Closeness; or Herb Goes for a Swim

SETTING: A dark, bare stage. Beaten wood floors, well-trod. Two chairs are set out at oblique angles to one another.

YOUR CHARACTER: Can we talk?

YOU: Sure. What’s up?

YOUR CHARACTER: I feel like we’re growing apart. Like we don’t know each other anymore.

YOU: Oh. (scratches chin) Okay.

YOUR CHARACTER: Don’t get defensive.

YOU: No, I’m not —

YOUR CHARACTER: Don’t make excuses either.

YOU: I —

YOUR CHARACTER: Just hear me out.

YOU: Okay, okay! You got it. What’s this about? What can I do?

YOUR CHARACTER: Thank you. This means a lot to me. Because this is, like, my world. You know. The world as I see it. But sometimes I’m frightened, and you don’t even seem to understand that. You’re like, “The lamp in the corner was not on.” Or, “The bulb was only 40 watts.” Like, what is that about? That’s not how I see it. I’m not reading the fine print on the bulb packaging, you know? I’m in the corner, peering out the window, afraid for my life, hoping to God that Barb pulls in, coming back from bridge club.

YOU: You’re talking about that thing we did in the short story when it was late at night…

YOUR CHARACTER: Man, that’s just one example.

YOU: Okay…

YOUR CHARACTER: The pool thing. That was really off.

YOU: What? Swimming laps? Really? I loved that scene! I thought you were into that.

YOUR CHARACTER: “Olympic-sized,” you called it. I didn’t for a minute come at it that way. I’ve never been in the Olympics. I don’t even watch the Olympics. I come out of the shower room in my trunks; I’m totally exposed. Everyone’s looking at my flab, my rolls. I’ve just renewed my membership. I’m out of shape. The others are, like, gliding through the water, breathing correctly. I nearly bought the farm on the slippery tiles. The chlorine smell made me sick. I’m feeling totally out of my element. All this stuff I was experiencing—you’re doing it your own way. Who cares if the lights are fluorescent? It’s a high school. Lights in high schools everywhere are fluorescent. That didn’t even cross my mind.

YOU: Wow, I… I had no idea.

YOUR CHARACTER: I’m sorry to be harsh. But we gotta be working together, man, you know? Like in the olden days. I feel like now you’re overthinking. Or you’re not tuned in to me.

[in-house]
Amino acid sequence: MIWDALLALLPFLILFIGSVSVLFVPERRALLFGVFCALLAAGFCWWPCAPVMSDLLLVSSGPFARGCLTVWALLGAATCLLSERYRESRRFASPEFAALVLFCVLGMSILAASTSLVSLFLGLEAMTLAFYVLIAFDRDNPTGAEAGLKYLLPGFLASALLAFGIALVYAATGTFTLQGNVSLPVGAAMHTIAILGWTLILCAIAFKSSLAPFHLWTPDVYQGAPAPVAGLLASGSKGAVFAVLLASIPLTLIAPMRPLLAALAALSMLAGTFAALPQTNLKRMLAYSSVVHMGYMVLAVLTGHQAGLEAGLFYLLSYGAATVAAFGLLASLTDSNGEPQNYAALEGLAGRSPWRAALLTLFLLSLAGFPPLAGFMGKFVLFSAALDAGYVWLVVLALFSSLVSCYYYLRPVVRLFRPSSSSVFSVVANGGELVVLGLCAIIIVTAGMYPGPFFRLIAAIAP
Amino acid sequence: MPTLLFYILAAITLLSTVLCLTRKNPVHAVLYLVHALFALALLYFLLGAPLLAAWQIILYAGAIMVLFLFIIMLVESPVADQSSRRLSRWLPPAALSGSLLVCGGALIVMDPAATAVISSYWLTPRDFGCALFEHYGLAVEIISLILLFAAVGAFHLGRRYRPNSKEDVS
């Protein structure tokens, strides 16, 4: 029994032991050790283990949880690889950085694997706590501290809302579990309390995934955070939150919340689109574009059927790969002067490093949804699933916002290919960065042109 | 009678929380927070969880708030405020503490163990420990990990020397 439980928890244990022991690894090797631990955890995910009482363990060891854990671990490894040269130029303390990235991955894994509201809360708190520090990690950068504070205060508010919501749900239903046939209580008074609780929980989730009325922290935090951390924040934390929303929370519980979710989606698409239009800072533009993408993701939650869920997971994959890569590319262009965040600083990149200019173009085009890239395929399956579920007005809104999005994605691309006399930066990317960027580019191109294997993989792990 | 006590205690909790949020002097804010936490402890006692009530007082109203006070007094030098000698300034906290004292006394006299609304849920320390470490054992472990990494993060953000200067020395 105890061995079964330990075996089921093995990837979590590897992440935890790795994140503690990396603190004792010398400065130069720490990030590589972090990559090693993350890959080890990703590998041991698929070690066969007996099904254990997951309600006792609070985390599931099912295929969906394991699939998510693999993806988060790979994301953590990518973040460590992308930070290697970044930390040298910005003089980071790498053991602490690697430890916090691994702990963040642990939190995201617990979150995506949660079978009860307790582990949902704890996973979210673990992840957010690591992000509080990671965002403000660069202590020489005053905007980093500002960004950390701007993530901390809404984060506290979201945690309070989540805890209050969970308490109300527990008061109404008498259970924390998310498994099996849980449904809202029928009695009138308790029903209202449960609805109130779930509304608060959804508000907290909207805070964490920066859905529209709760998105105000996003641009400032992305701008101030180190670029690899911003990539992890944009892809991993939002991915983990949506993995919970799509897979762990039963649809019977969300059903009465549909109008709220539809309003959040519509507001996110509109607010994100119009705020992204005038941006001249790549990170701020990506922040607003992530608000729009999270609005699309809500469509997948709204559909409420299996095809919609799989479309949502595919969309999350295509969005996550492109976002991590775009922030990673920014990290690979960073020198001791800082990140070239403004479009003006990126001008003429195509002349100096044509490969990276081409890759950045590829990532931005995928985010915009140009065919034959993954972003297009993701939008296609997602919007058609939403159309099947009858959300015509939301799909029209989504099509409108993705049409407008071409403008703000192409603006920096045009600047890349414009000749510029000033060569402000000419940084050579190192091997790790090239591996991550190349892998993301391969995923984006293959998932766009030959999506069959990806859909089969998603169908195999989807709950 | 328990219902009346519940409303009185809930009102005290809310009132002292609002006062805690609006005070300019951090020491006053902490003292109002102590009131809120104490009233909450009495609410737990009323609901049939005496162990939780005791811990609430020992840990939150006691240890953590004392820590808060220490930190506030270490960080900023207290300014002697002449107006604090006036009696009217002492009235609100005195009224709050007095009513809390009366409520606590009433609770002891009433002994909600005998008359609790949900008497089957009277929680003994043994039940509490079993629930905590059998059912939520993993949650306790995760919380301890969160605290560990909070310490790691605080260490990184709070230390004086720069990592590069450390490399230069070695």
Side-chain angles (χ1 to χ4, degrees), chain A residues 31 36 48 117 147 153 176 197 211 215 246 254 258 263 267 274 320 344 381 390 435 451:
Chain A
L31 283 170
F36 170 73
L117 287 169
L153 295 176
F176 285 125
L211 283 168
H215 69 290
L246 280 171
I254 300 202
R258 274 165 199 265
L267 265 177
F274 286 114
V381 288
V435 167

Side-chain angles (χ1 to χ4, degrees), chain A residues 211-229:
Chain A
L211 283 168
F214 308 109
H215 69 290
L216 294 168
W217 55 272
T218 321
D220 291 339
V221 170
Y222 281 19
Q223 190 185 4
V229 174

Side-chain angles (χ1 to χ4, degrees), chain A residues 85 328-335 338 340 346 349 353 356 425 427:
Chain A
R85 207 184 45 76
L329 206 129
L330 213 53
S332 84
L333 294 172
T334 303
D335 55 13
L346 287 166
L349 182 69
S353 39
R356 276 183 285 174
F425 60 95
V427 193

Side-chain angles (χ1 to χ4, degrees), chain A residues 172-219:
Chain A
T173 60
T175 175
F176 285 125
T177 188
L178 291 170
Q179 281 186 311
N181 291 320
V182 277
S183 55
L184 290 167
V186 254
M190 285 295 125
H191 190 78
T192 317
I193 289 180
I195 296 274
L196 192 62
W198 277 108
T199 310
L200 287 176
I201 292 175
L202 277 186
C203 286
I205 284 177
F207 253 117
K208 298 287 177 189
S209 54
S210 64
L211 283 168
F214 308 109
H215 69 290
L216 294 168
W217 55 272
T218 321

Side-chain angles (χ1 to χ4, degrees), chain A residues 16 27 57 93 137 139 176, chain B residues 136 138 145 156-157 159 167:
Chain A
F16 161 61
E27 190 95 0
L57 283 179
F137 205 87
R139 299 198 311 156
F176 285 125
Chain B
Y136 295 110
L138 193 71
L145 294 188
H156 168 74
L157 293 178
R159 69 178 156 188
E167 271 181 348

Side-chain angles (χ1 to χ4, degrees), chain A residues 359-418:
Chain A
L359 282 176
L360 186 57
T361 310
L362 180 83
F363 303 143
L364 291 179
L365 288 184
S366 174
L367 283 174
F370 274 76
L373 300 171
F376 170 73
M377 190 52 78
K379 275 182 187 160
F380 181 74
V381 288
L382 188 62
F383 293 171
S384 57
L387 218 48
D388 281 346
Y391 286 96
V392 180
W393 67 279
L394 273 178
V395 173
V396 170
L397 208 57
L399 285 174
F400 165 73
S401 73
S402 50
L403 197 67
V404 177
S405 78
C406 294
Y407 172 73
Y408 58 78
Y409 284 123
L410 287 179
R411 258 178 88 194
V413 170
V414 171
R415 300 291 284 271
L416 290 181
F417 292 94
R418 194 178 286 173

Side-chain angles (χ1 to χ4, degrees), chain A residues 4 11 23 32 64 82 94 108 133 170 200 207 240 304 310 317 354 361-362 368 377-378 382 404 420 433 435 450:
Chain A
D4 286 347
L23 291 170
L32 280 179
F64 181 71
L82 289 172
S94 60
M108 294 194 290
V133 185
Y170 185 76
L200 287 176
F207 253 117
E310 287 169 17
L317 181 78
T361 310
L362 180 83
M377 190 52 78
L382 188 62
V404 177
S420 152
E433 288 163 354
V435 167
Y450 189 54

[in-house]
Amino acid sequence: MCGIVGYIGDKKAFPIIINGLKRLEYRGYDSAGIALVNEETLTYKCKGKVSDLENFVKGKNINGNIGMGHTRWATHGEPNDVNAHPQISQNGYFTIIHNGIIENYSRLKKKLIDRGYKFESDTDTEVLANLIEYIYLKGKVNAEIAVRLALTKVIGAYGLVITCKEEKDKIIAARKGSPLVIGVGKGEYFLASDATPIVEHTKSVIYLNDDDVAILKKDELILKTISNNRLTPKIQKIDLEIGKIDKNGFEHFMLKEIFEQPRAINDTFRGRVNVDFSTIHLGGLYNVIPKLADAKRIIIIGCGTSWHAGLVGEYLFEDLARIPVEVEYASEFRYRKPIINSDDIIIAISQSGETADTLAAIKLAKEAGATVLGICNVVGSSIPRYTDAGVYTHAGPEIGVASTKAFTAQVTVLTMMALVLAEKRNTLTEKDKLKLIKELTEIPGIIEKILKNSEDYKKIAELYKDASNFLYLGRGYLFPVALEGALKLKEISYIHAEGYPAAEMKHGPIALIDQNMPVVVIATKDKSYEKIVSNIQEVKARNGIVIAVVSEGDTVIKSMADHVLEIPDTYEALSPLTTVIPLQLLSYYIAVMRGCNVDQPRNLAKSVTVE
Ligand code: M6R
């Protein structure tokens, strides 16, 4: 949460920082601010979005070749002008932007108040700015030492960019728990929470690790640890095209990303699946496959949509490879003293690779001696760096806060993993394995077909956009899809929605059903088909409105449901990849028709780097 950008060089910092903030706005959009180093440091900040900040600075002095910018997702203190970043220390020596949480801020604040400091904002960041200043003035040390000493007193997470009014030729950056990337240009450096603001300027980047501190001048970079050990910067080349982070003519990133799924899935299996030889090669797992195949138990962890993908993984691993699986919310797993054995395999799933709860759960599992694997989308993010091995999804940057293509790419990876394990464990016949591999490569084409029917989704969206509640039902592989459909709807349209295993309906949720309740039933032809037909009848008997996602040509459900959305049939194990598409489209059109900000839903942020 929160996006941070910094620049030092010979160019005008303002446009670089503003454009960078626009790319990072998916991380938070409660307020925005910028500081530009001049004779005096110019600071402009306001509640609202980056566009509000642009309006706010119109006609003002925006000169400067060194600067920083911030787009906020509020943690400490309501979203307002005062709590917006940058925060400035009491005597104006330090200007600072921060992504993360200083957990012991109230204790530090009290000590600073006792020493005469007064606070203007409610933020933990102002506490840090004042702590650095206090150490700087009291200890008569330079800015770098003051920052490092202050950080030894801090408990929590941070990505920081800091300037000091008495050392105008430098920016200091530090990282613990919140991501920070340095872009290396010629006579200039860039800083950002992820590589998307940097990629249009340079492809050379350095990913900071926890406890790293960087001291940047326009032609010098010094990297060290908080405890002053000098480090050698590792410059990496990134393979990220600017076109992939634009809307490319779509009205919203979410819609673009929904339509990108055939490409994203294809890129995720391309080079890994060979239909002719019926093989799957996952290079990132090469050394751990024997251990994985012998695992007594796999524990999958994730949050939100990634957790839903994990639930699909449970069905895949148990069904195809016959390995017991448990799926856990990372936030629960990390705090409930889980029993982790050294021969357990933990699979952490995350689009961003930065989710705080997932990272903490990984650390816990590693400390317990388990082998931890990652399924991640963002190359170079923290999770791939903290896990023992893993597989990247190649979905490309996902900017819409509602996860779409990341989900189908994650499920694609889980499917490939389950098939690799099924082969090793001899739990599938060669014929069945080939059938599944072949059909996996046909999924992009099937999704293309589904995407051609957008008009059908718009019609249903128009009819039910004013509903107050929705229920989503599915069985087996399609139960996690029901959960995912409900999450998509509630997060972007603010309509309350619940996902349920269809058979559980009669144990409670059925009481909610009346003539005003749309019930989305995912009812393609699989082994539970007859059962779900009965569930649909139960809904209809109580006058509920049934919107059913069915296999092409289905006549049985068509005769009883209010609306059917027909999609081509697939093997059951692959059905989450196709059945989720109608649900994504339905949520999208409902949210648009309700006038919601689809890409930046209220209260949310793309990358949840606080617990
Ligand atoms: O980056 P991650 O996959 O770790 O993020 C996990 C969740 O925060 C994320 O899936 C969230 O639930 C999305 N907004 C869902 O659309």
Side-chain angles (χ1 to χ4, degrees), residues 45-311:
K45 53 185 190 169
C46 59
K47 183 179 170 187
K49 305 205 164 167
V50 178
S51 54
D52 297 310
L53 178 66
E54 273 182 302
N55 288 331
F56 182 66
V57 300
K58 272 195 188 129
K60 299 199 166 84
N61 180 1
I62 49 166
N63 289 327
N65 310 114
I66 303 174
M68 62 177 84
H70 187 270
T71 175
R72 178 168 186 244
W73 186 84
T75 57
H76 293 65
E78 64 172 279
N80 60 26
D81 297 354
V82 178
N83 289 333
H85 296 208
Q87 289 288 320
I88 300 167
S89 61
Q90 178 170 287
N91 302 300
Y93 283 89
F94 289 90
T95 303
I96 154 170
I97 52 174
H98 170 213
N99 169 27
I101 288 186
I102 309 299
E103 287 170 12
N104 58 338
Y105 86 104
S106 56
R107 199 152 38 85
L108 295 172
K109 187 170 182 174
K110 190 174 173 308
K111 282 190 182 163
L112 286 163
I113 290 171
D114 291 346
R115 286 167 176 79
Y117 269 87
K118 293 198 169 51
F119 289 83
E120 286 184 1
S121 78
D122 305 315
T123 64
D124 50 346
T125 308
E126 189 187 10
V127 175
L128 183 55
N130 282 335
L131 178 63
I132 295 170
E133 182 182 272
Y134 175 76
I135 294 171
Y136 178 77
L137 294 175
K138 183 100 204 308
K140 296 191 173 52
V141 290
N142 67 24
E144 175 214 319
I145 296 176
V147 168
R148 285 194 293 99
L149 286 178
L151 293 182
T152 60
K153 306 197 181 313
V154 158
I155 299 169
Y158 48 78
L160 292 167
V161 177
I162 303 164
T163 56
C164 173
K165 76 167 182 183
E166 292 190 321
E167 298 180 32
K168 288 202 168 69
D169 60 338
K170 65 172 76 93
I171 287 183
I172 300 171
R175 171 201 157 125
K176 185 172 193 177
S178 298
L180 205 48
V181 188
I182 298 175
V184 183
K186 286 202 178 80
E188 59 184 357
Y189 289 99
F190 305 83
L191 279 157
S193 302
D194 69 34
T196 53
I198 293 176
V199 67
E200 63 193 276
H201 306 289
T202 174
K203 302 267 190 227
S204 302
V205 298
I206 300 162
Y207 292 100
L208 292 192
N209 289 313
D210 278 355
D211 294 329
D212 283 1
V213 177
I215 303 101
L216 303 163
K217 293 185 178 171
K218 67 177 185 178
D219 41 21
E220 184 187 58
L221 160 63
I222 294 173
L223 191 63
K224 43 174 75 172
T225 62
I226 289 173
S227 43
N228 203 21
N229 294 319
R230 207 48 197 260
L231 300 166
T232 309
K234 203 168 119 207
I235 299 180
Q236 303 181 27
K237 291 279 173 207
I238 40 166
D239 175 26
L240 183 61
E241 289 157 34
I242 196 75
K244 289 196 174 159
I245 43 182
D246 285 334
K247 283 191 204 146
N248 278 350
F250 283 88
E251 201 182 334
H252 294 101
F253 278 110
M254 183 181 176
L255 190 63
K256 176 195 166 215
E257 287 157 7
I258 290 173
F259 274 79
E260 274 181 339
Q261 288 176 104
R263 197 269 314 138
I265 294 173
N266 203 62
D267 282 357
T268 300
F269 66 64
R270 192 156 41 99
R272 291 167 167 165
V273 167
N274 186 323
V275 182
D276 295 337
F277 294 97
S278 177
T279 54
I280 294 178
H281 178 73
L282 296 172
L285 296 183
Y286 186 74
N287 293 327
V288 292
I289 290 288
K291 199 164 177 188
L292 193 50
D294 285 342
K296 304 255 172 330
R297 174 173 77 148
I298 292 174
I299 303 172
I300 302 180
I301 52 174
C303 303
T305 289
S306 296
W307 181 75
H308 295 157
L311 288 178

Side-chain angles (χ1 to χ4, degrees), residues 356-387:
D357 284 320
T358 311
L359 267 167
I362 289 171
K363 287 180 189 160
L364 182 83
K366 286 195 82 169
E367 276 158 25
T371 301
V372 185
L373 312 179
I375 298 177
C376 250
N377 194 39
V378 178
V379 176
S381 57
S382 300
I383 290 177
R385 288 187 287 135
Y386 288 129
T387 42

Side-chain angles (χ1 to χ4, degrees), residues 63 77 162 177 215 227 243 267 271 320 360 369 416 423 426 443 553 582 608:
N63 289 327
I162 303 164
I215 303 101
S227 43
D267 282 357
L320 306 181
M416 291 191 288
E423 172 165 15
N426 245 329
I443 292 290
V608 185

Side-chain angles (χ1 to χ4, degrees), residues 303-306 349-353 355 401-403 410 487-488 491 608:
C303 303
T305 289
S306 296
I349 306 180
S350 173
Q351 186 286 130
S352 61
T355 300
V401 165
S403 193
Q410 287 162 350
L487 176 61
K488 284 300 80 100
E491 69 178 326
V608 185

YOU: Boy. This is a big deal. Are you breaking up with me?

YOUR CHARACTER: (laughs) No, no. That’s not an option.

YOU: Good. Well… how do we move forward from here?

YOUR CHARACTER: I think, to me, it’s a case of “my senses are your senses,” okay? Mi casa es su casa. Right? Even if you’re third person. Just swoop in at will. Use my eyes. Use my ears. I don’t mind. You don’t need to be across the room or up in the rafters all the time.

YOU: Hmm. Okay. I guess I thought you were doing your thing, going for the workout to think about Barb and your anger. And I’m the writer. I can’t do the swimming for you.

YOUR CHARACTER: That’s just it, though. If you don’t do it, how do you know what you’re talking about? You gotta do it in your mind—like you’re me. I’m feeling the anger, and you’re over there like a zoologist in the bush. (stiffly) “Our subject is feeling upset now.” I can’t swim like me in some generic pool world where the water is light blue. I’m not seeing light blue! To me, the water is the same as my tears. I’m swimming in a whole pool of my own tears.

YOU: Damn.

YOUR CHARACTER: You feel me?

YOU: Yeah. What’s the line? Can I write that down?

YOUR CHARACTER: You don’t need my permission!

YOU: Ha-ha. Right.

YOUR CHARACTER: Just bring that all the time. Not some canned @#%.

YOU: Okay, okay. I got it. Wow. This gives me a lot to think about.

YOUR CHARACTER: No! Don’t think. Just feel.

YOU: Just feel. (awkwardly) I feel you. (fist bump)

YOUR CHARACTER: (uncertainly) It’s a start.

PROMPT: Rewrite the fantasized scene discussed above. A man — he needs a name — goes to the gym for some laps in the pool in order to work through some stress about Barb. Whoever Barb is. Might be his wife. Might be his girlfriend. Might be his grandmother. Figure it out. See what your man says about that.

Start with him coming out of the shower. And then be with him, closely, through third person. Bring us into his experience. Be in his body rather than detached and reporterly.

You are to write this to spec, like a freelance writer for hire. Your editor sends the specs below.

Tense: Present (for example, Herb wraps his arms over his bare belly and steps out…)

POV: Third-person limited

Style: A brisk style with snappy action and clear, bright detail

Setting: The pool at a high school or fitness center or YMCA

Scene opener: your character walks from the shower room/locker room into the pool

Use sensory details woven into descriptions, capturing the mood of this place as the character feels it.